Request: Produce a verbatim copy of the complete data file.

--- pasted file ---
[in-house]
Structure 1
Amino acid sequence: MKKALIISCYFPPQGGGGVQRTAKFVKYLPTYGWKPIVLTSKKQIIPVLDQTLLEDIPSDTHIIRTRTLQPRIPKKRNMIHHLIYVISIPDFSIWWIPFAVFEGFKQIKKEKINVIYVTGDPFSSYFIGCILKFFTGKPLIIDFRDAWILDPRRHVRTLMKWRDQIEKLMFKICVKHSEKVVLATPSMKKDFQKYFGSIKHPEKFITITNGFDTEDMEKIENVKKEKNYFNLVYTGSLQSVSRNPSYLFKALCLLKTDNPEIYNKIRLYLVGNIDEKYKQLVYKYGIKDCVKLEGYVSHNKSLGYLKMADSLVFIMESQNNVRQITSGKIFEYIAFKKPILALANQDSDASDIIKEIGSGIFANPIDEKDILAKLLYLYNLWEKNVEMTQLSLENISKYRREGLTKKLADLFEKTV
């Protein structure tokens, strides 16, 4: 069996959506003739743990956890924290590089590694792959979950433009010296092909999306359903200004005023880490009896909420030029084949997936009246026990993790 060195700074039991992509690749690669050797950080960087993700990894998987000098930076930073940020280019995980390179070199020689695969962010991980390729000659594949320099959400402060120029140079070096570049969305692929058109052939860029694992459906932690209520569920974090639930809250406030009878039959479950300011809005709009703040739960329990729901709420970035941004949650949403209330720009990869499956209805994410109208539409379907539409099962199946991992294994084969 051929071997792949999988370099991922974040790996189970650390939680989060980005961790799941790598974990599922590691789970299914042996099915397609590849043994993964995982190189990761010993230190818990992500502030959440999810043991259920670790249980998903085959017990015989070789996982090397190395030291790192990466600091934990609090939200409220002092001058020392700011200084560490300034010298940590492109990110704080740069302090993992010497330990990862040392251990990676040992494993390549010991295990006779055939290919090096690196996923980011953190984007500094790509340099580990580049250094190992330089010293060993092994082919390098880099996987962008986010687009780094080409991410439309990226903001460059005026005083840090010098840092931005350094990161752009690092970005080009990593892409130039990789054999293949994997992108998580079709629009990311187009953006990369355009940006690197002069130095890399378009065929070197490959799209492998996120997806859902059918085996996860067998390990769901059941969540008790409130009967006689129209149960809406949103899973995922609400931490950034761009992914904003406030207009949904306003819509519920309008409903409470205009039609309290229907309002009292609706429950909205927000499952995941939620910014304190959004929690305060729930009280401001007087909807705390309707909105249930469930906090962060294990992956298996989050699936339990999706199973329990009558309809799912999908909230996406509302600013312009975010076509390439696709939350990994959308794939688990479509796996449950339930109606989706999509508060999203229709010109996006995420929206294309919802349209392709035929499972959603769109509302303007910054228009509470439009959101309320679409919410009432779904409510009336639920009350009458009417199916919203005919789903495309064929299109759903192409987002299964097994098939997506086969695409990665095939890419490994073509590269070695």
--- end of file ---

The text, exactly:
[in-house]
Structure 1
Amino acid sequence: MKKALIISCYFPPQGGGGVQRTAKFVKYLPTYGWKPIVLTSKKQIIPVLDQTLLEDIPSDTHIIRTRTLQPRIPKKRNMIHHLIYVISIPDFSIWWIPFAVFEGFKQIKKEKINVIYVTGDPFSSYFIGCILKFFTGKPLIIDFRDAWILDPRRHVRTLMKWRDQIEKLMFKICVKHSEKVVLATPSMKKDFQKYFGSIKHPEKFITITNGFDTEDMEKIENVKKEKNYFNLVYTGSLQSVSRNPSYLFKALCLLKTDNPEIYNKIRLYLVGNIDEKYKQLVYKYGIKDCVKLEGYVSHNKSLGYLKMADSLVFIMESQNNVRQITSGKIFEYIAFKKPILALANQDSDASDIIKEIGSGIFANPIDEKDILAKLLYLYNLWEKNVEMTQLSLENISKYRREGLTKKLADLFEKTV
């Protein structure tokens, strides 16, 4: 069996959506003739743990956890924290590089590694792959979950433009010296092909999306359903200004005023880490009896909420030029084949997936009246026990993790 060195700074039991992509690749690669050797950080960087993700990894998987000098930076930073940020280019995980390179070199020689695969962010991980390729000659594949320099959400402060120029140079070096570049969305692929058109052939860029694992459906932690209520569920974090639930809250406030009878039959479950300011809005709009703040739960329990729901709420970035941004949650949403209330720009990869499956209805994410109208539409379907539409099962199946991992294994084969 051929071997792949999988370099991922974040790996189970650390939680989060980005961790799941790598974990599922590691789970299914042996099915397609590849043994993964995982190189990761010993230190818990992500502030959440999810043991259920670790249980998903085959017990015989070789996982090397190395030291790192990466600091934990609090939200409220002092001058020392700011200084560490300034010298940590492109990110704080740069302090993992010497330990990862040392251990990676040992494993390549010991295990006779055939290919090096690196996923980011953190984007500094790509340099580990580049250094190992330089010293060993092994082919390098880099996987962008986010687009780094080409991410439309990226903001460059005026005083840090010098840092931005350094990161752009690092970005080009990593892409130039990789054999293949994997992108998580079709629009990311187009953006990369355009940006690197002069130095890399378009065929070197490959799209492998996120997806859902059918085996996860067998390990769901059941969540008790409130009967006689129209149960809406949103899973995922609400931490950034761009992914904003406030207009949904306003819509519920309008409903409470205009039609309290229907309002009292609706429950909205927000499952995941939620910014304190959004929690305060729930009280401001007087909807705390309707909105249930469930906090962060294990992956298996989050699936339990999706199973329990009558309809799912999908909230996406509302600013312009975010076509390439696709939350990994959308794939688990479509796996449950339930109606989706999509508060999203229709010109996006995420929206294309919802349209392709035929499972959603769109509302303007910054228009509470439009959101309320679409919410009432779904409510009336639920009350009458009417199916919203005919789903495309064929299109759903192409987002299964097994098939997506086969695409990665095939890419490994073509590269070695």